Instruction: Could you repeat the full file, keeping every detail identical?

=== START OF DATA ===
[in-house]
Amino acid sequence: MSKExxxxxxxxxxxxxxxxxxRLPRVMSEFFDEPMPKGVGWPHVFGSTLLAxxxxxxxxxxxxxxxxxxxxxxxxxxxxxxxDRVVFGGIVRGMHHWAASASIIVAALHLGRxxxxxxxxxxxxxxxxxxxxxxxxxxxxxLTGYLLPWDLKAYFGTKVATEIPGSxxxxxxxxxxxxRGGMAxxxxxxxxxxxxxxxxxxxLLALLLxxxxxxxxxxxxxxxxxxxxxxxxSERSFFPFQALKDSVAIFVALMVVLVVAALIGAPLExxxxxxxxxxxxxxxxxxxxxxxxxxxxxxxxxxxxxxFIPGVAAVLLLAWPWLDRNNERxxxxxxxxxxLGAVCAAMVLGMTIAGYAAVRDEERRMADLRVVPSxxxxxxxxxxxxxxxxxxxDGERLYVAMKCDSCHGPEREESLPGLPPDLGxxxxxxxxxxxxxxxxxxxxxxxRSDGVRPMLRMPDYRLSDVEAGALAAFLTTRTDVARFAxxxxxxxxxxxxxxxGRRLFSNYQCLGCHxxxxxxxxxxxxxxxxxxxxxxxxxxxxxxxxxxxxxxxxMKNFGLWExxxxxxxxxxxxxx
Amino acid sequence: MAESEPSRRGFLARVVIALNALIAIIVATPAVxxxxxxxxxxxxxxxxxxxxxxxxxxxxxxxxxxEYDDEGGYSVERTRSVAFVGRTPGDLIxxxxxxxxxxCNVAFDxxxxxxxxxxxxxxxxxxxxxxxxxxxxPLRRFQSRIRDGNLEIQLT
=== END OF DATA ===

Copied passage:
[in-house]
Amino acid sequence: MSKExxxxxxxxxxxxxxxxxxRLPRVMSEFFDEPMPKGVGWPHVFGSTLLAxxxxxxxxxxxxxxxxxxxxxxxxxxxxxxxDRVVFGGIVRGMHHWAASASIIVAALHLGRxxxxxxxxxxxxxxxxxxxxxxxxxxxxxLTGYLLPWDLKAYFGTKVATEIPGSxxxxxxxxxxxxRGGMAxxxxxxxxxxxxxxxxxxxLLALLLxxxxxxxxxxxxxxxxxxxxxxxxSERSFFPFQALKDSVAIFVALMVVLVVAALIGAPLExxxxxxxxxxxxxxxxxxxxxxxxxxxxxxxxxxxxxxFIPGVAAVLLLAWPWLDRNNERxxxxxxxxxxLGAVCAAMVLGMTIAGYAAVRDEERRMADLRVVPSxxxxxxxxxxxxxxxxxxxDGERLYVAMKCDSCHGPEREESLPGLPPDLGxxxxxxxxxxxxxxxxxxxxxxxRSDGVRPMLRMPDYRLSDVEAGALAAFLTTRTDVARFAxxxxxxxxxxxxxxxGRRLFSNYQCLGCHxxxxxxxxxxxxxxxxxxxxxxxxxxxxxxxxxxxxxxxxMKNFGLWExxxxxxxxxxxxxx
Amino acid sequence: MAESEPSRRGFLARVVIALNALIAIIVATPAVxxxxxxxxxxxxxxxxxxxxxxxxxxxxxxxxxxEYDDEGGYSVERTRSVAFVGRTPGDLIxxxxxxxxxxCNVAFDxxxxxxxxxxxxxxxxxxxxxxxxxxxxPLRRFQSRIRDGNLEIQLT